Academic journal article Journal of Management Research

Characteristics of High Performance Organisations

Academic journal article Journal of Management Research

Characteristics of High Performance Organisations

Article excerpt


The recent economic downturn has caused tremendous upheaval in the business world. It has spurred many companies to self-analysis and further organisational improvement. As a result, there is an increasing interest into the factors that determine sustainable organisational success. Managers all over the world are trying out various improvement concepts, seeing mixed results. One likely reason for this is the lack of consensus on the organisational characteristics that lead to high performance. Another reason may be that research into high performance is predominantly conducted in US companies, making it seem less relevant to management practice outside the North American continent. The research study described in this article aims at identifying the factors which have a positive relation with organisational performance. Through review of 290 research studies into high performance and subsequent testing in 1470 organisations worldwide, 35 characteristics - grouped into five factors - were identified which have a correlation with high performance and seem to be generic. The research results provide managers with a framework that adds focus to their continuous improvement efforts.

Keywords: High performance Organisations, Excellence, Sustainability, Quality

1. Introduction

According to Colvin (2009) the world changed fundamentally in 2007 when the credit crisis hit, eventually causing the most severe recession since the 1930s (Colvin, 2009). A wave of trends and developments, like globalization (Lawrence, 2002; Bakker et al., 2004; Starbuck, 2005; Schuster and Copeland, 2006; Sirkin et al., 2008; Ramamurti and Singh, 2009), new technology (Sadler, 2002; Malone, 2003; Light, 2005), ascension of Asian markets and especially India and China (Backman and Butler, 2007; Kamdar, 2007; Nath, 2008; Nobrega and Sinha, 2008), environmental issues (Rosen, 2000) and demographic shifts (Rosen, 2000; Martin, 2002), was hitting the business world at the same time as the credit crisis was going on and thus helped to reshape the global business economy. Many authors (Kely, 2006; Charan, 2009; Flatters and Willmott, 2009; Guth, 2009; Hagel et al., 2009; Kotler and Caslione, 2009) agree with Colvin but not all. Main critic is Mintzberg who finds that little has changed in the activities of managers between the 1970s and 19902 (Mintzberg, 1973, 2009). Apart from using new tools like e-mail, managerial work remained essentially the same. Mintzberg in turn is supported in his opinion that the fundamentals of the global business economy have not changed by Tengblad (2000, 2006), Hales (1996, 1999, 2000) and several other researchers (Watson, 2001, Tolmie et al. 2003). It seems that there is no consensus among researchers on whether or not business fundamentals have changed, leaving as yet the following question unanswered: 'What organisational or business models might be proposed, whether existing in the past or at present or drawn from scratch, as potential solutions to the problem of designing the firm for sustainable high performance in changing circumstances?' (Freeman and Zollo, 2009).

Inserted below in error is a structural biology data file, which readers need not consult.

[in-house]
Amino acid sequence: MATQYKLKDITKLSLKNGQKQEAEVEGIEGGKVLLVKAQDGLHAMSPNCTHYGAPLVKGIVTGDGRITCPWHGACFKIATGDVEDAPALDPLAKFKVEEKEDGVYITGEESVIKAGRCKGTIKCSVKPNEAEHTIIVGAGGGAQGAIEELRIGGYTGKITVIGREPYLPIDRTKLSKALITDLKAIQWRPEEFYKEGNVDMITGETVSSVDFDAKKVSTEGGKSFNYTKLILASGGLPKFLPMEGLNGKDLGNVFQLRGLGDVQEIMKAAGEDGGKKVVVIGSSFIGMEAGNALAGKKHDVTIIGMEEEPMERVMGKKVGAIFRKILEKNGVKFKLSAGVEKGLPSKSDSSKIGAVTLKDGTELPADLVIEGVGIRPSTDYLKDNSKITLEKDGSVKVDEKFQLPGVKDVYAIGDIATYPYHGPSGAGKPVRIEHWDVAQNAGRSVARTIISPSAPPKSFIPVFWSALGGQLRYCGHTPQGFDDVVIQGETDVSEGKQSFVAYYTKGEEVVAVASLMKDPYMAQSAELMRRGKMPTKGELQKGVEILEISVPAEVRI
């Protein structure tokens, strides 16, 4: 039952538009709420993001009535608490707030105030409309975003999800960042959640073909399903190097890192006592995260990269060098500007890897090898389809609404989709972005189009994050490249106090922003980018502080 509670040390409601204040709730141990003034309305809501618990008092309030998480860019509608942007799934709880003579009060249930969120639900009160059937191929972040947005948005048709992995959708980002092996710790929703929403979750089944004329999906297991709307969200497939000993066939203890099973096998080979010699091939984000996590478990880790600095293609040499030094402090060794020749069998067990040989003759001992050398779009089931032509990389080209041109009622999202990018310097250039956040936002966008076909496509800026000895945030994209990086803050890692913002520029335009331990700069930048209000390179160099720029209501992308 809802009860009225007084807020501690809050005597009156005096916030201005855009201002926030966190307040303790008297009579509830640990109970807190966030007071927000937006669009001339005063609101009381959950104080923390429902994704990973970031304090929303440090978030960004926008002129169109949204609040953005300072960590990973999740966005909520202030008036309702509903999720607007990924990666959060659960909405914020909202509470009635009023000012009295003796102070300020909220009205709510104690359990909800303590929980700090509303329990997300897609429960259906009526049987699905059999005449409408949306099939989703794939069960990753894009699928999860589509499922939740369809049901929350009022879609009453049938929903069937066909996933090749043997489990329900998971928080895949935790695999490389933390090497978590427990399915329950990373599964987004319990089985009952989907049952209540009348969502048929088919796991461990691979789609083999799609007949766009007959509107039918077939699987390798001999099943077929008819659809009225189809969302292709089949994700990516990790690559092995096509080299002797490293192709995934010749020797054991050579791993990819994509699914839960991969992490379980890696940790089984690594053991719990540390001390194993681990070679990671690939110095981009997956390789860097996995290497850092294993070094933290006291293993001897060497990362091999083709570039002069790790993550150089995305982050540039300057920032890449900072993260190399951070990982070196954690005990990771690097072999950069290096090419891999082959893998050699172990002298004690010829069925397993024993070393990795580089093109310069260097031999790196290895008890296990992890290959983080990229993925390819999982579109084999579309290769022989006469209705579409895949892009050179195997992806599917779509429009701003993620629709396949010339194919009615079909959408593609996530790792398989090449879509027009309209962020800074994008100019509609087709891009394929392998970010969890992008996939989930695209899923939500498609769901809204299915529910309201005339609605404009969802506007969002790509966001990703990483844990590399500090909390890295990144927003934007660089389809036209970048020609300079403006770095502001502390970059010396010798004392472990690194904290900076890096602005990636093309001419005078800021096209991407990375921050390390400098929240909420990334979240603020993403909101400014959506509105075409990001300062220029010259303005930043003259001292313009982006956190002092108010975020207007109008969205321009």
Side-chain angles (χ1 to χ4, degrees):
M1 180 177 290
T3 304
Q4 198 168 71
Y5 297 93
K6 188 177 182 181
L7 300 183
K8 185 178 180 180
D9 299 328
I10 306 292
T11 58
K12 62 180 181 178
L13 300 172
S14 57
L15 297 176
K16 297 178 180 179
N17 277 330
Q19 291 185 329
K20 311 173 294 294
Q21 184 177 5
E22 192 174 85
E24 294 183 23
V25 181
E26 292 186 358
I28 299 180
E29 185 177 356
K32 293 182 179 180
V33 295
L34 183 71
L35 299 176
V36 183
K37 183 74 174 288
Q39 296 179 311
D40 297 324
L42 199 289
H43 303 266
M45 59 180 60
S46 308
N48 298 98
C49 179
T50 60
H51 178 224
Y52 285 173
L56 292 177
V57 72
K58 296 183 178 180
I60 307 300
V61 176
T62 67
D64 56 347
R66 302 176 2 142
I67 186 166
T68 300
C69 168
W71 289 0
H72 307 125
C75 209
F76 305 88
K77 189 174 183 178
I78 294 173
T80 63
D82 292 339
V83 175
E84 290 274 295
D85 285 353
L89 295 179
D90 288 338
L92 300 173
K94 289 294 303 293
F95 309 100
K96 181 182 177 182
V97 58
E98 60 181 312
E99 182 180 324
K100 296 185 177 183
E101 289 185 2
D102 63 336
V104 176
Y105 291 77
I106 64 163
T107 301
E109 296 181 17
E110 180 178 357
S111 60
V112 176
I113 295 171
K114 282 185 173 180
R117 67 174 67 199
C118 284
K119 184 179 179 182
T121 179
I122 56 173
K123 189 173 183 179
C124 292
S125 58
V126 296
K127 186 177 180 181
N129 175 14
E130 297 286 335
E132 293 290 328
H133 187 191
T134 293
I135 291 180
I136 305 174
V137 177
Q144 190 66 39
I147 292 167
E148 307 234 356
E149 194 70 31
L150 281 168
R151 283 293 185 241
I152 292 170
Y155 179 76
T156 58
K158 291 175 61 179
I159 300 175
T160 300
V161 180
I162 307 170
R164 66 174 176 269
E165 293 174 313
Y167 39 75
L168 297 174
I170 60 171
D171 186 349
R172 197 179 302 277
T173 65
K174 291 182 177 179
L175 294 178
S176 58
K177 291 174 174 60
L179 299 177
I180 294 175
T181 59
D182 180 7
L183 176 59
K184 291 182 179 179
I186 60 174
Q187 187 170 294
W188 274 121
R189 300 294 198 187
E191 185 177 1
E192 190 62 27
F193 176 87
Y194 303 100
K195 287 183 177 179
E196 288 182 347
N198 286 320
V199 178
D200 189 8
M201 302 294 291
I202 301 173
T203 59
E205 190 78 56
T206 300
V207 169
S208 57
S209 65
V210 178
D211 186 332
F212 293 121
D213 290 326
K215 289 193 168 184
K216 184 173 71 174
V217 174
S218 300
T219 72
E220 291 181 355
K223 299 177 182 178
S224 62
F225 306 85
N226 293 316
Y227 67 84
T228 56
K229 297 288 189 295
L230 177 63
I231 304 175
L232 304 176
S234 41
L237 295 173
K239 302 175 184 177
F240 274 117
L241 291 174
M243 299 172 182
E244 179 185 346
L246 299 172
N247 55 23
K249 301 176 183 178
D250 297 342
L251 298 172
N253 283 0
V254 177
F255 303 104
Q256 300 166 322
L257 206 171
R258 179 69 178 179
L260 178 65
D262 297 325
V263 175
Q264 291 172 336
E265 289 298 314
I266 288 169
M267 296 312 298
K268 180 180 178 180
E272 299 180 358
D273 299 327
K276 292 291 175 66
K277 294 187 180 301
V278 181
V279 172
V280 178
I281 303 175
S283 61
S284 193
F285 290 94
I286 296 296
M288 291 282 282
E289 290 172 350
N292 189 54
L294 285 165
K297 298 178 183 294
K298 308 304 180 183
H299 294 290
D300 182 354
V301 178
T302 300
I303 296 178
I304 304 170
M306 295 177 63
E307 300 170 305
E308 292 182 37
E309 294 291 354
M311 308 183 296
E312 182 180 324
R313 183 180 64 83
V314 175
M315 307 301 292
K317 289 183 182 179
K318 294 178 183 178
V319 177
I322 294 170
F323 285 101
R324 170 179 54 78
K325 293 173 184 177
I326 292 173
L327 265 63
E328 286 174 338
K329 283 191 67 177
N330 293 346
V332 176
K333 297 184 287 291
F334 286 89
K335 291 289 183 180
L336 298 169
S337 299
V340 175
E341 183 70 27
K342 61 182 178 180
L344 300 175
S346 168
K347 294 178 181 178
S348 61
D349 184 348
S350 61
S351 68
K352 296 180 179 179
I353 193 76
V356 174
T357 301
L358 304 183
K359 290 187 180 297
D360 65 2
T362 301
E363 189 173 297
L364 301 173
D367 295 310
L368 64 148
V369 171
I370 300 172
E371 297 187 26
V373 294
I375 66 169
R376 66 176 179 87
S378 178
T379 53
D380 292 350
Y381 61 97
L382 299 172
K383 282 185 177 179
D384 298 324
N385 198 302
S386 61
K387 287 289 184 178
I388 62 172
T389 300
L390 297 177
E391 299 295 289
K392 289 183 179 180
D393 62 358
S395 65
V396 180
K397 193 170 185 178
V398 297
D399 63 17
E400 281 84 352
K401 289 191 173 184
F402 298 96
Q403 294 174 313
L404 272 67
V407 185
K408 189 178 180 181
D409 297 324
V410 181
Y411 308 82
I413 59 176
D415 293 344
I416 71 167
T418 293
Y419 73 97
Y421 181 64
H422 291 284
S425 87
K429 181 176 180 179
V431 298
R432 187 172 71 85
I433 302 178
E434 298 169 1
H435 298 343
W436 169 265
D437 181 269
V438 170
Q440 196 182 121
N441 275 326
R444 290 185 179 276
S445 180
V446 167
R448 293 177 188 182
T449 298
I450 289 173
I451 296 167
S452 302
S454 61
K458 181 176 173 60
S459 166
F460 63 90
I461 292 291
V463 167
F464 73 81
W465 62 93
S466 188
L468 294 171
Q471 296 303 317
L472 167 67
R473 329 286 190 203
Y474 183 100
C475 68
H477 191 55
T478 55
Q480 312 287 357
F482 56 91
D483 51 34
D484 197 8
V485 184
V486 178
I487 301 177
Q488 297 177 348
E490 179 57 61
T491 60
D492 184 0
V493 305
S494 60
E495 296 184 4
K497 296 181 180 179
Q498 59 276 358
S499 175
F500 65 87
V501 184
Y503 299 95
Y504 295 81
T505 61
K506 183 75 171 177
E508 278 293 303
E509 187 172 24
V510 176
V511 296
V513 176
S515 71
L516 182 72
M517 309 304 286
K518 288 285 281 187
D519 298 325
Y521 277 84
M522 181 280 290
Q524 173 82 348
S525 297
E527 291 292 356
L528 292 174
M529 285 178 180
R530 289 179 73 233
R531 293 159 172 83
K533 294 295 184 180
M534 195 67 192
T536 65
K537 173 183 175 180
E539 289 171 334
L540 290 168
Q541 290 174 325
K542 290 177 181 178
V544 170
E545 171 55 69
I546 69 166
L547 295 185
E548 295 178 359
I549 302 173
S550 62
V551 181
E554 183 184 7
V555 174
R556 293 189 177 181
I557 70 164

To find an answer on this question, we turned to research into factors that may explain long-term success of firms and which can be used to develop a framework for building sustainable organisations. In the wake of the landmark book In Search Of Excellence (Peters and Waterman, 1992) and the bestsellers Built To Last (Collins and Porras, 1994) and Good to Great (Collins, 2001), there has been a strong interest among academics and managers in identifying these high performance factors (O'Reilly III and Pfeffer, 2000; Hess and Kazanjian, 2006; Porras et all., 2007; Thoenig and Waldman, 2007; Gottfredson and Schaubert, 2008; Simons, 2008; Tappin and Cave, 2008; Spear, 2009). Research into factors that cause or facilitate high performance is driven by developments in the resource-based view of the firm (Lockett et al., 2009) and the theory of dynamic capabilities (Peteraf and Barney, 2003; Easterby-Smith et al. …

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